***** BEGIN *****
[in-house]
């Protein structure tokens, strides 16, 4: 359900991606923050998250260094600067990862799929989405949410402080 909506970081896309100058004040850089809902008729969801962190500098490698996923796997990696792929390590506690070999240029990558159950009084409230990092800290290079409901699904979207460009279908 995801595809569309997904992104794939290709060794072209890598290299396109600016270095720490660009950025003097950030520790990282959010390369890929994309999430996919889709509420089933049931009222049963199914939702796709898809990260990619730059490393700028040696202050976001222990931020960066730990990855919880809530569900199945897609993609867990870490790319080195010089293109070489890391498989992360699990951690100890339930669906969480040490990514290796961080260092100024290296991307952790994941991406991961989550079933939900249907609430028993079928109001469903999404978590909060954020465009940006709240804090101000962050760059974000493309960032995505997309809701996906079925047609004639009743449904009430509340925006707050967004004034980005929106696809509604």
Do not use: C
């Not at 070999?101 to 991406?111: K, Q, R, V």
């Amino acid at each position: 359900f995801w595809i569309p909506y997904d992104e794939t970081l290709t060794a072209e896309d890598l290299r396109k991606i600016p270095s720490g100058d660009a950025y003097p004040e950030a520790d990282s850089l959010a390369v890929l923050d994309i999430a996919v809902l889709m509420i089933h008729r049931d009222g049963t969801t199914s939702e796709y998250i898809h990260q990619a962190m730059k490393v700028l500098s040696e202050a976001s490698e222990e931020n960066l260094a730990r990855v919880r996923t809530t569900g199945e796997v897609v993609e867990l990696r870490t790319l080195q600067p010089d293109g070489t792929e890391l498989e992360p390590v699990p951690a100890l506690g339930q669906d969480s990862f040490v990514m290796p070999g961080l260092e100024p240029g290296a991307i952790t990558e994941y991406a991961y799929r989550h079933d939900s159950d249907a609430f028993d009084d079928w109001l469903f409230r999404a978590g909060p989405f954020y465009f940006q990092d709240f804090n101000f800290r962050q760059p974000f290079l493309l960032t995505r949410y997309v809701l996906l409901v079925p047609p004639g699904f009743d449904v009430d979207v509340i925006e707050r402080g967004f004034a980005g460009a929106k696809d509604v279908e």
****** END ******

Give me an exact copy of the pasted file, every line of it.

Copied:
[in-house]
């Protein structure tokens, strides 16, 4: 359900991606923050998250260094600067990862799929989405949410402080 909506970081896309100058004040850089809902008729969801962190500098490698996923796997990696792929390590506690070999240029990558159950009084409230990092800290290079409901699904979207460009279908 995801595809569309997904992104794939290709060794072209890598290299396109600016270095720490660009950025003097950030520790990282959010390369890929994309999430996919889709509420089933049931009222049963199914939702796709898809990260990619730059490393700028040696202050976001222990931020960066730990990855919880809530569900199945897609993609867990870490790319080195010089293109070489890391498989992360699990951690100890339930669906969480040490990514290796961080260092100024290296991307952790994941991406991961989550079933939900249907609430028993079928109001469903999404978590909060954020465009940006709240804090101000962050760059974000493309960032995505997309809701996906079925047609004639009743449904009430509340925006707050967004004034980005929106696809509604």
Do not use: C
């Not at 070999?101 to 991406?111: K, Q, R, V």
């Amino acid at each position: 359900f995801w595809i569309p909506y997904d992104e794939t970081l290709t060794a072209e896309d890598l290299r396109k991606i600016p270095s720490g100058d660009a950025y003097p004040e950030a520790d990282s850089l959010a390369v890929l923050d994309i999430a996919v809902l889709m509420i089933h008729r049931d009222g049963t969801t199914s939702e796709y998250i898809h990260q990619a962190m730059k490393v700028l500098s040696e202050a976001s490698e222990e931020n960066l260094a730990r990855v919880r996923t809530t569900g199945e796997v897609v993609e867990l990696r870490t790319l080195q600067p010089d293109g070489t792929e890391l498989e992360p390590v699990p951690a100890l506690g339930q669906d969480s990862f040490v990514m290796p070999g961080l260092e100024p240029g290296a991307i952790t990558e994941y991406a991961y799929r989550h079933d939900s159950d249907a609430f028993d009084d079928w109001l469903f409230r999404a978590g909060p989405f954020y465009f940006q990092d709240f804090n101000f800290r962050q760059p974000f290079l493309l960032t995505r949410y997309v809701l996906l409901v079925p047609p004639g699904f009743d449904v009430d979207v509340i925006e707050r402080g967004f004034a980005g460009a929106k696809d509604v279908e």